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Nuclear expression of FLT1 and its ligand PGF in FUS-DDIT3 carrying myxoid liposarcomas suggests the existence of an intracrine signaling loop
BMC Cancervolume 10, Article number: 249 (2010)
The FUS-DDIT3 fusion oncogene encodes an abnormal transcription factor that has a causative role in the development of myxoid/round-cell liposarcomas (MLS/RCLS). We have previously identified FLT1 (VEGFR1) as a candidate downstream target gene of FUS-DDIT3. The aim of this study was to investigate expression of FLT1 and its ligands in MLS cells.
HT1080 human fibrosarcoma cells were transiently transfected with FUS-DDIT3-GFP variant constructs and FLT1 expression was measured by quantitative real-time PCR. In addition, FLT1, PGF, VEGFA and VEGFB expression was measured in MLS/RCLS cell lines, MLS/RCLS tumors and in normal adiopocytes. We analyzed nine cases of MLS/RCLS and one cell line xenografted in mice for FLT1 protein expression using immunohistochemistry. MLS/RCLS cell lines were also analyzed for FLT1 by immunofluorescence and western blot. MLS/RCLS cell lines were additionally treated with FLT1 tyrosine kinase inhibitors and assayed for alterations in proliferation rate.
FLT1 expression was dramatically increased in transfected cells stably expressing FUS-DDIT3 and present at high levels in cell lines derived from MLS. The FLT1 protein showed a strong nuclear expression in cells of MLS tissue as well as in cultured MLS cells, which was confirmed by cellular fractionation. Tissue array analysis showed a nuclear expression of the FLT1 protein also in several other tumor and normal cell types including normal adipocytes. The FLT1 ligand coding gene PGF was highly expressed in cultured MLS cells compared to normal adipocytes while the other ligand genes VEGFA and VEGFB were expressed to lower levels. A more heterogeneous expression pattern of these genes were observed in tumor samples. No changes in proliferation rate of MLS cells were detected at concentrations for which the kinase inhibitors have shown specific inhibition of FLT1.
Our results imply that FLT1 is induced as an indirect downstream effect of FUS-DDIT3 expression in MLS. This could be a consequence of the ability of FUS-DDIT3 to hijack parts of normal adipose tissue development and reprogram primary cells to a liposarcoma-like phenotype. The findings of nuclear FLT1 protein and expression of corresponding ligands in MLS and normal tissues may have implications for tissue homeostasis and tumor development through auto- or intracrine signaling.
Myxoid/round-cell liposarcoma (MLS/RCLS) is one of the most common forms of liposarcoma and accounts for about 40% of all cases . The tumor cells are characterized by the FET family  FUS-DDIT3 fusion oncogene (also called TLS-CHOP) present in more than 90% of cases [3–5] or the EWS-DDIT3 found in a minority of cases . The causative role of FUS-DDIT3 in the initiation of MLS/RCLS and its role for the MLS-specific tumor morphology have been demonstrated in transgenic mice, xenografts and with FUS-DDIT3 carrying mesenchymal stem cells [7–9].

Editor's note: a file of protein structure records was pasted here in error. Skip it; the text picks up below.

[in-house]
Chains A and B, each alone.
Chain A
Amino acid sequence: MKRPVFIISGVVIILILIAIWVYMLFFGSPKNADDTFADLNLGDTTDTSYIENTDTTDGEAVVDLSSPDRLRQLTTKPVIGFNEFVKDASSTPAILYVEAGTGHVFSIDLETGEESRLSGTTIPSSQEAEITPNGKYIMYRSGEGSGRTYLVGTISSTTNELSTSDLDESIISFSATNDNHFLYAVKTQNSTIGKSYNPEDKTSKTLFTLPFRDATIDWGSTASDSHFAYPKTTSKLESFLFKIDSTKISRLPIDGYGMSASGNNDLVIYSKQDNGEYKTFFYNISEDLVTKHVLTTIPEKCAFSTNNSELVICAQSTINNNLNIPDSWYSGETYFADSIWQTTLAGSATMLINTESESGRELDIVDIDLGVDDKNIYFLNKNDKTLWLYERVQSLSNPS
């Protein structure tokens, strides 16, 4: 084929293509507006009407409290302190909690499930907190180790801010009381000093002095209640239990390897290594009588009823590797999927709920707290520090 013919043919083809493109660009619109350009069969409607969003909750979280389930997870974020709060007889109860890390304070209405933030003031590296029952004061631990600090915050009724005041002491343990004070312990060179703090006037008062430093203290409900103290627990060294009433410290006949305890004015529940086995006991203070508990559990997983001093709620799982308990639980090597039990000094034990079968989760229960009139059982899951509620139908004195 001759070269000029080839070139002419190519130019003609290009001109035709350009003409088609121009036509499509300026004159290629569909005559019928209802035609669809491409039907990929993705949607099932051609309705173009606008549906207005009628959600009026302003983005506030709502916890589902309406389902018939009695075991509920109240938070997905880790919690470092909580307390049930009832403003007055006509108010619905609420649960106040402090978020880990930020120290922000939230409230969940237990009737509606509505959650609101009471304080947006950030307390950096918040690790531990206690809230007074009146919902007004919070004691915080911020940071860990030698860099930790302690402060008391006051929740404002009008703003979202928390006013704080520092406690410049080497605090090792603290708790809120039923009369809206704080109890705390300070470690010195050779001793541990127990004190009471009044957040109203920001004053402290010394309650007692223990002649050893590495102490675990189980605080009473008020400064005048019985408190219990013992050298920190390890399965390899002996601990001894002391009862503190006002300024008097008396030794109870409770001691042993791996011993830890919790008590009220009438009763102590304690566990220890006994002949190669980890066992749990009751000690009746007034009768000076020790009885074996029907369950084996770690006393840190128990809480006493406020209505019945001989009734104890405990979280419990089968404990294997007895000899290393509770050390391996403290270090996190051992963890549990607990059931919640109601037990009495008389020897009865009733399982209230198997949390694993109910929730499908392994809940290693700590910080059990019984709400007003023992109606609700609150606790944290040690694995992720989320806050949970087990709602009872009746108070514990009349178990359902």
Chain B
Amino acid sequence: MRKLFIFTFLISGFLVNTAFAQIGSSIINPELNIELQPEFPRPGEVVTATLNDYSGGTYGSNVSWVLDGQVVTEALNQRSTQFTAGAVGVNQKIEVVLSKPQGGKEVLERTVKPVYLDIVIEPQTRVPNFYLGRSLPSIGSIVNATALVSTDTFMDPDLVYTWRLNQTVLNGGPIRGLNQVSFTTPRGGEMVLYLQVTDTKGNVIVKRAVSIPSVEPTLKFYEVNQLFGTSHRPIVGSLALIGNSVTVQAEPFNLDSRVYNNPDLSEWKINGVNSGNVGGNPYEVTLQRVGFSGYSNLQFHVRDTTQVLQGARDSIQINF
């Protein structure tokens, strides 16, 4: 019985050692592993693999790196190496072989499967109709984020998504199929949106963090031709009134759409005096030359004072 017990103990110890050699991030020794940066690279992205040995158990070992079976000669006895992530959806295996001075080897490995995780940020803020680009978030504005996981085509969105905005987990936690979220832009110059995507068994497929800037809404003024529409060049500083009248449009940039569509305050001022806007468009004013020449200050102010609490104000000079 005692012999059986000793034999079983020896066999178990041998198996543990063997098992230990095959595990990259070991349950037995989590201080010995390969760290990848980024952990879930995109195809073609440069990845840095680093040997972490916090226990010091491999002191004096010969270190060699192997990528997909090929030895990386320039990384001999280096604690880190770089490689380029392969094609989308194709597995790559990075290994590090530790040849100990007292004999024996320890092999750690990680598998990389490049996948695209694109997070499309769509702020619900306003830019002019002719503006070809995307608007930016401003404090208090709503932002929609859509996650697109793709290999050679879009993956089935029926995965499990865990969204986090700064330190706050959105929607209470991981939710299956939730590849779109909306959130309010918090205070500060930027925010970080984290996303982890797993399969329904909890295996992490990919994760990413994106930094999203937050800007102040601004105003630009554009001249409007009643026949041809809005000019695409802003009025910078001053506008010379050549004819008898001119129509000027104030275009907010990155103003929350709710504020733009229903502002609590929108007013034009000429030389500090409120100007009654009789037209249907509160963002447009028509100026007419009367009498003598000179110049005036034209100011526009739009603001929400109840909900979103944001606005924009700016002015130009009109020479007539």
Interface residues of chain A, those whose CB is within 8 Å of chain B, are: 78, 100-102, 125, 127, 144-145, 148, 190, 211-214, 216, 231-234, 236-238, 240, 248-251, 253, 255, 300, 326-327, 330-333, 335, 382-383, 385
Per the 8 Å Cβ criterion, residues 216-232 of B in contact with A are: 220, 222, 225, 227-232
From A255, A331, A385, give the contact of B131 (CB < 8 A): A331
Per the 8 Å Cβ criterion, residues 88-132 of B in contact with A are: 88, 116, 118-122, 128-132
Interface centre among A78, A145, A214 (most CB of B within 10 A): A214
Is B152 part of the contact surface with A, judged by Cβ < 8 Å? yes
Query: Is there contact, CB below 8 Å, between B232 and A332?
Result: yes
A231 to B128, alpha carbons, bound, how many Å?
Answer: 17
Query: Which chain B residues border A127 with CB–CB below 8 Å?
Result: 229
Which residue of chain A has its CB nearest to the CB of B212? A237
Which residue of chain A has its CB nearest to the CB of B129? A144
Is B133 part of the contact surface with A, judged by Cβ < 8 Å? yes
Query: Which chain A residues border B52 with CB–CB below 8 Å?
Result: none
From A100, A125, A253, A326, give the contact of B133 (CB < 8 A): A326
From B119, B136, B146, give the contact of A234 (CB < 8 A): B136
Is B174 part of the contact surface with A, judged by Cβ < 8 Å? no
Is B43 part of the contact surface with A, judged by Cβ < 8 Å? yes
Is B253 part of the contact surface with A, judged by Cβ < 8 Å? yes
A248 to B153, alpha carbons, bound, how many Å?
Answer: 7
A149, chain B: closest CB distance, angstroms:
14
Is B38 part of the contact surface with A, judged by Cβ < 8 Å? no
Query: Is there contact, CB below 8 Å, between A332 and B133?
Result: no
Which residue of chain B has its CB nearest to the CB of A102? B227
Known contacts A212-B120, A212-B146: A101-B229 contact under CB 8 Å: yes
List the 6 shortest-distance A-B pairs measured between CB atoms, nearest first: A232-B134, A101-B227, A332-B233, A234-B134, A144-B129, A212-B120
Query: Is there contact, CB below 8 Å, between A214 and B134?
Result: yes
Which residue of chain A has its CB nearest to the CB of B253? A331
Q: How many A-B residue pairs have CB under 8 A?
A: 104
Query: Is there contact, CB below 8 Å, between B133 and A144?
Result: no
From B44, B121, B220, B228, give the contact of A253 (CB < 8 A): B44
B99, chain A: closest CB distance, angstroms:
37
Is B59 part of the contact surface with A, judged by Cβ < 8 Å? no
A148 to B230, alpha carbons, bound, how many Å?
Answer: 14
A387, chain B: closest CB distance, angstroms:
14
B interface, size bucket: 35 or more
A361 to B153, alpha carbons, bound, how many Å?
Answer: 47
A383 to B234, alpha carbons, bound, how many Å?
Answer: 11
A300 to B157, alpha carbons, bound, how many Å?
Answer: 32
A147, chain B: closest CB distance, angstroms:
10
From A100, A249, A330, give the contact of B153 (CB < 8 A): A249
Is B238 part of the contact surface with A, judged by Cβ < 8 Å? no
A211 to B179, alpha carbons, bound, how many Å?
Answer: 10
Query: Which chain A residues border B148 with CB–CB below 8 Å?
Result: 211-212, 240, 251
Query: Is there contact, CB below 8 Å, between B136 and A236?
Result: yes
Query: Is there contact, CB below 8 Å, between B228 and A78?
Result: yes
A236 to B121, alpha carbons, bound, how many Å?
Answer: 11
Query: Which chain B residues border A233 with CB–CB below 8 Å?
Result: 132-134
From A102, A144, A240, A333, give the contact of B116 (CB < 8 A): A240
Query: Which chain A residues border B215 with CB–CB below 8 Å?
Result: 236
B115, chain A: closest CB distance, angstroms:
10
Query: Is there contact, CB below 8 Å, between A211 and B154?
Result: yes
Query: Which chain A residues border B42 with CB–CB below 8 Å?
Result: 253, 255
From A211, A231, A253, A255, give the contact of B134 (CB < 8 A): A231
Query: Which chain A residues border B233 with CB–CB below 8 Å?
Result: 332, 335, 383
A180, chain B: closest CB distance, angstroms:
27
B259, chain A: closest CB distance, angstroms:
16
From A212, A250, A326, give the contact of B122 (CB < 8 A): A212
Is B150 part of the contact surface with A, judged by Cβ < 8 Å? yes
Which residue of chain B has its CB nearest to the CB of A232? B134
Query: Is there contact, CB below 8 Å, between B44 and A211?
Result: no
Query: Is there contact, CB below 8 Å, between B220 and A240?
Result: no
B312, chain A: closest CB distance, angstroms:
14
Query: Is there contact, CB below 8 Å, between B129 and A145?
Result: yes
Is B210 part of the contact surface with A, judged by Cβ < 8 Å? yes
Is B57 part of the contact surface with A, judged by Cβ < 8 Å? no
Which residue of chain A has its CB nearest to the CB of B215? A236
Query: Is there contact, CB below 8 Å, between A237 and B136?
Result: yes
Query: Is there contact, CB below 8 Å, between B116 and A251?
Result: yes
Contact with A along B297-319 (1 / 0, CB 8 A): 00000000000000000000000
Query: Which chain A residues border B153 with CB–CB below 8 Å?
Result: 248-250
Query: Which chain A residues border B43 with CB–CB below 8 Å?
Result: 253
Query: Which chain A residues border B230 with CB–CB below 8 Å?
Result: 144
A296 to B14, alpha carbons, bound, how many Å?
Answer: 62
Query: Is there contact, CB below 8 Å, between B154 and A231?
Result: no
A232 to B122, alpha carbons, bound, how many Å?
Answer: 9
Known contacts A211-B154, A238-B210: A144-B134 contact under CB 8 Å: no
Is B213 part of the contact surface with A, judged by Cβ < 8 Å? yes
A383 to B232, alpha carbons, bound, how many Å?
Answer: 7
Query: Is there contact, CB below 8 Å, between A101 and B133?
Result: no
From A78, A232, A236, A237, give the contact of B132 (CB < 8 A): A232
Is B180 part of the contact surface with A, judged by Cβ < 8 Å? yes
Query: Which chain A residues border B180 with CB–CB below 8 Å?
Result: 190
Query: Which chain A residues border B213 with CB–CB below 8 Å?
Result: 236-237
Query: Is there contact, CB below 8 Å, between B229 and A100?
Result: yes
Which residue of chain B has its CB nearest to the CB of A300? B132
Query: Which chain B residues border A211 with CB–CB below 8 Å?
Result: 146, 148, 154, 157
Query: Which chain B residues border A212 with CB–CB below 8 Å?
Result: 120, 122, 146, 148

FUS-DDIT3 encodes a protein consisting of the N-terminal half of the FUS protein juxtaposed to the DNA-binding basic leucine zipper transcription factor DDIT3 (also known as CHOP or GADD153) [4, 5]. The FUS-DDIT3 protein acts as an abnormal transcription factor  and the development of myxoid liposarcomas is thus regarded as a consequence of deregulated FUS-DDIT3 target genes [8, 9, 11]. In this study, we have investigated the expression of the putative FUS-DDIT3 target gene FLT1 and its encoded receptor tyrosine kinase in MLS cells.
The myxoid liposarcoma cell lines MLS 402-91, MLS 1765-92, MLS 2645-94 [3, 11] and human fibrosarcoma cell line HT1080 were kept frozen in liquid nitrogen or cultured at 37°C and 5% CO2 in RPMI 1640 medium with HEPES buffer supplemented with 2 mM L-glutamine, 50 U/ml penicillin, 50 μg/ml streptomycin and 10% fetal bovine serum (Invitrogen). Cell lines HT1080 FUSA-GFP, HT1080 DDIT3-GFP and HT1080 FUS-DDIT3-GFP were generated by plasmid transfection of HT1080 fibrosarcoma cells as described elsewhere . G418 (200 μg/ml) was constantly added to cell lines HT1080 FUSA-GFP, HT1080 DDIT3-GFP and HT1080 FUS-DDIT3-GFP to ensure stable expression of GFP constructs in the cell population. In a growth inhibition assay, FLT1-blocking antibody AF 321 (R&D systems) was added to MLS cells precultured in 4% fetal bovine serum for 14 hours in 96 well plates as described . The cultures were visually analyzed by light microscopy after 72 hours of incubation. Flt-1 siRNA (sc-29319), PGF siRNA (sc-44027) and control siRNA-A (sc-37007) were transfected into cells using the siRNA Transfection Reagent (sc-29528, Santa Cruz Biotechnology) according to instructions supplied by the manufacturer.